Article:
‘Infection prevention is everyone’s concern,’ says health minister


Guests viewing the displays in the exhibition

The occasion was marked by an exhibition on basic hygiene and a video on the hazards of antibiotics at the Seychelles Hospital’s red roof building yesterday. This was attended by Health Minister Mitcy Larue, principal secretary Veronique Laporte, minister’s special advisor Peggy Vidot, several doctors and nurses and other health officials.

Inaugurating the infection prevention week, Ms Larue said the ministry wants to heighten awareness about infection prevention and to celebrate the work being done to reduce health-associated infections in our community while engaging everyone in this endeavour.

“This is because I strongly believe that infection prevention is everyone’s business,” she said, adding  that by celebrating this week, the ministry is aiming to broaden the understanding that everyone – the infection preventionists, doctors, nurses, health care administrators, policy makers, allied health professionals and clients must work together to protect patients through preventing infection.

Ms Larue said it is well known and a proven fact that the most important and basic measure for infection prevention is timely and effective hand hygiene. This is because many of the germs causing these infections are transferred by hand when health-care providers or visitors are touching the patients while providing help.

“It is critical therefore if we want to reduce the risk of health care-related infections in patients that proper hand hygiene is practiced throughout the health facilities,” she added.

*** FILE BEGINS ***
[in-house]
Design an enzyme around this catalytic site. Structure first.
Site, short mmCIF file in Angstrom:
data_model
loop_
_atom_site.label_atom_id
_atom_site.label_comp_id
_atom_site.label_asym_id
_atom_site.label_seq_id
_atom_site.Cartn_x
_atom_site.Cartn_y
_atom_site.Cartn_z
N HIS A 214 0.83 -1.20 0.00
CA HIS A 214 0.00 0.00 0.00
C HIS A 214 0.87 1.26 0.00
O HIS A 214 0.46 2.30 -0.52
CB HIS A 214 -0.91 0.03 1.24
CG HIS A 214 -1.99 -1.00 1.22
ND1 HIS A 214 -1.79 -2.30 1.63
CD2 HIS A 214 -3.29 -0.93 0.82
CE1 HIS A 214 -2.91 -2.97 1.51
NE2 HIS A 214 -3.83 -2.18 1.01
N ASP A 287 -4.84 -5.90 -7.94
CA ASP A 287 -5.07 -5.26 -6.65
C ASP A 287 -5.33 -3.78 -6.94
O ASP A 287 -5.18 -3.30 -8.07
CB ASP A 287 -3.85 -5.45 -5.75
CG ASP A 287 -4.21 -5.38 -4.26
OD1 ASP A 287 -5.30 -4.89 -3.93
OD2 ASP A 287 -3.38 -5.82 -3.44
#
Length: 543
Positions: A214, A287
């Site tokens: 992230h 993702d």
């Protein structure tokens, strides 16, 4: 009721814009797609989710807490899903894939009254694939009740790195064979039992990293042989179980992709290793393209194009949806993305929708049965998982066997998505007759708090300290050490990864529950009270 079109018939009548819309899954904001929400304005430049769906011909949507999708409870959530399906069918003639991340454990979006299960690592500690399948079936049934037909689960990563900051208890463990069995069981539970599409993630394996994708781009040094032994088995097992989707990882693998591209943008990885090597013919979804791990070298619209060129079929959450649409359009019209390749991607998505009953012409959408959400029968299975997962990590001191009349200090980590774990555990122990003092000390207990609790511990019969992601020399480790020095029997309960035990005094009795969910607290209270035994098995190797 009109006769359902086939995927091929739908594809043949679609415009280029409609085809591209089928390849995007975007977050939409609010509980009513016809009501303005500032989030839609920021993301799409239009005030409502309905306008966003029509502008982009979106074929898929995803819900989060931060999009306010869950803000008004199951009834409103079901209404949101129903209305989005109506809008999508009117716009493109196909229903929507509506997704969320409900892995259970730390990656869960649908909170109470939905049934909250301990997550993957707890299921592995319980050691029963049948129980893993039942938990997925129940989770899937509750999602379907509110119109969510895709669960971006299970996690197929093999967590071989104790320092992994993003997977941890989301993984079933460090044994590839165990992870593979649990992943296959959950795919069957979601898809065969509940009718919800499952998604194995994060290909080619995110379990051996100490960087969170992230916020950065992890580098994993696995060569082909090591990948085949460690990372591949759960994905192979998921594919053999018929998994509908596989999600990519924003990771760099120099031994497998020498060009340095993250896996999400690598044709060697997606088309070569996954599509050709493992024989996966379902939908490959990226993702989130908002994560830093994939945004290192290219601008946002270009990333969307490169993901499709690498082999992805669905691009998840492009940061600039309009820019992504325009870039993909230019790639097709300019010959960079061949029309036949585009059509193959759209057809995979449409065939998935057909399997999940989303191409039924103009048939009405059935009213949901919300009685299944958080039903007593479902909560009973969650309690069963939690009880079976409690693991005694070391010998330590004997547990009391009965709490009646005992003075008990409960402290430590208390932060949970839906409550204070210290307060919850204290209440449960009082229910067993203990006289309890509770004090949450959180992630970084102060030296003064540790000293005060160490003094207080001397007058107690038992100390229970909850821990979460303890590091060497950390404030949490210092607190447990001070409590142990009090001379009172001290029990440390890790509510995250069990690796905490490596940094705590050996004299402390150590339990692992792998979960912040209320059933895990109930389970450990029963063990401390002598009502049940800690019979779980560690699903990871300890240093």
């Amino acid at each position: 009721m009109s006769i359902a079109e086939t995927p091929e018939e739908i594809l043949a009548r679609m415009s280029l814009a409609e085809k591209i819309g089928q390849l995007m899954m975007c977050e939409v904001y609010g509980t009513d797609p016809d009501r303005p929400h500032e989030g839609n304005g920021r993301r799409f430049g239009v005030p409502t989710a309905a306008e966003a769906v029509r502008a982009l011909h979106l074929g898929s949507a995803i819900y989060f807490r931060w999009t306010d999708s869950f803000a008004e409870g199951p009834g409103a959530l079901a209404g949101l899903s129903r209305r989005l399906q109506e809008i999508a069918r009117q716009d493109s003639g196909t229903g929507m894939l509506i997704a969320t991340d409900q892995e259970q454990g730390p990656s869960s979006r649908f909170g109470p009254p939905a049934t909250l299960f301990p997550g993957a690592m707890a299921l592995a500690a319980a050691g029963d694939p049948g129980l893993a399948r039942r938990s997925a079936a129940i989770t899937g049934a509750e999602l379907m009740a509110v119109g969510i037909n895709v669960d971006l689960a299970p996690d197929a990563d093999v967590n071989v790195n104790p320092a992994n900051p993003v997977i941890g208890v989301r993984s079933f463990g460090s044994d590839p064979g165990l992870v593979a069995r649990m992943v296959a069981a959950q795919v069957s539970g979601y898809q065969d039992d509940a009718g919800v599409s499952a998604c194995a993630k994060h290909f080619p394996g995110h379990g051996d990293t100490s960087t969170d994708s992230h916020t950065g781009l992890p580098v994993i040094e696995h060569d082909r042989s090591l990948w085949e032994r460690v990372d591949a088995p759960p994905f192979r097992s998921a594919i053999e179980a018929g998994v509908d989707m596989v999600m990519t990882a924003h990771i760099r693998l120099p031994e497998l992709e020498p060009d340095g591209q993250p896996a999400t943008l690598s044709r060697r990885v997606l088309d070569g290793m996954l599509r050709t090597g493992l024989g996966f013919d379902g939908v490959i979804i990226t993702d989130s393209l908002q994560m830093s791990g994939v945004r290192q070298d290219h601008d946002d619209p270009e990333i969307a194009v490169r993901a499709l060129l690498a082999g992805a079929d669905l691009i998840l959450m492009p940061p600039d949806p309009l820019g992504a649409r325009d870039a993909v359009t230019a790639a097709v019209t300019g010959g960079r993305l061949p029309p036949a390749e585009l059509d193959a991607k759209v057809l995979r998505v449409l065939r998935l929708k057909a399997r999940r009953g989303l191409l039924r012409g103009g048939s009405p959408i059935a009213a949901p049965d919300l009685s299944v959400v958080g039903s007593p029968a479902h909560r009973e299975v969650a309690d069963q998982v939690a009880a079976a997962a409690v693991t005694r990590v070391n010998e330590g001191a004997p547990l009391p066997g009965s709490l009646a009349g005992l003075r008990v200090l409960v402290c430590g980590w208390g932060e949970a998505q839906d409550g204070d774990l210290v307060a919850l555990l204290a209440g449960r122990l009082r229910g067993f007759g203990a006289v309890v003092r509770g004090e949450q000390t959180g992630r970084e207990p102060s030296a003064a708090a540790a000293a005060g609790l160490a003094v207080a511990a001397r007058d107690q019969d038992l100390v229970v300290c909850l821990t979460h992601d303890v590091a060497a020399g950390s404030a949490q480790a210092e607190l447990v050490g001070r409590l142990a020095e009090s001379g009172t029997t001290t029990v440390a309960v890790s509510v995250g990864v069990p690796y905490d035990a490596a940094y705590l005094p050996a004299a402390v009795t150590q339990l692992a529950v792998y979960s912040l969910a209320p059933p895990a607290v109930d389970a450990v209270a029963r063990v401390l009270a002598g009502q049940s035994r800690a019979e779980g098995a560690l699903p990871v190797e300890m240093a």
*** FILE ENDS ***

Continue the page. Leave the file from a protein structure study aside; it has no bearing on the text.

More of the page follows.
She noted that hand washing can be done by water and soap, while the World Health Organisation (WHO) recommends rubbing with an alcohol-based formulation as the most effective and easiest method for hand hygiene performance during  routine health-care delivery.

Visitors enhancing their awareness of good hand hygiene practice

Ms Larue suggested that we devote more energy to spread the practice of hand hygiene and make it “infectious”. She noted that we each have a role in creating this movement. Just like with infection, when someone comes into contact with an infected person, the infection is passed on, let this practice be passed on to impact positively on our community.

She said the United Nation’s message ‘Clean hands save lives’ needs to be a daily mantra for everyone and this will ensure that we shall minimise the incidences of infection.

In a symbolic gesture of good hand hygiene practice, the minister washed her hands with alcohol gel before touching the exhibits.

Earlier, the chairperson of the infection control committee, Dr Meggy Louange, said there is a clear need to heighten awareness of infection prevention as germs can be spread everywhere, including the work places and homes, unless proper hand hygiene is maintained. She said it is critical that all the norms of hand hygiene be observed at all times.

PS Laporte said the exhibition had been one first step and that infection prevention is so crucial to health that the ministry is targeting the awareness to embrace the entire community.
Many of the posters feature the best ways of hand hygiene. One said the best way to dry hands is with a clean, dry towel or disposable towel, which must not be re-used as they could already harbour disease-borne bacteria.

The video presentation focused on the proper use of antibiotics which are often prescribed by doctors to counter various infectious diseases. It said that there are various groups and categories of antibiotics and that it was risky to be taking them unless prescribed by a doctor and delivered by a pharmacy. It was stressed that unless antibiotics are absorbed in the right dosage and in the full course, there can be serious undesired effects.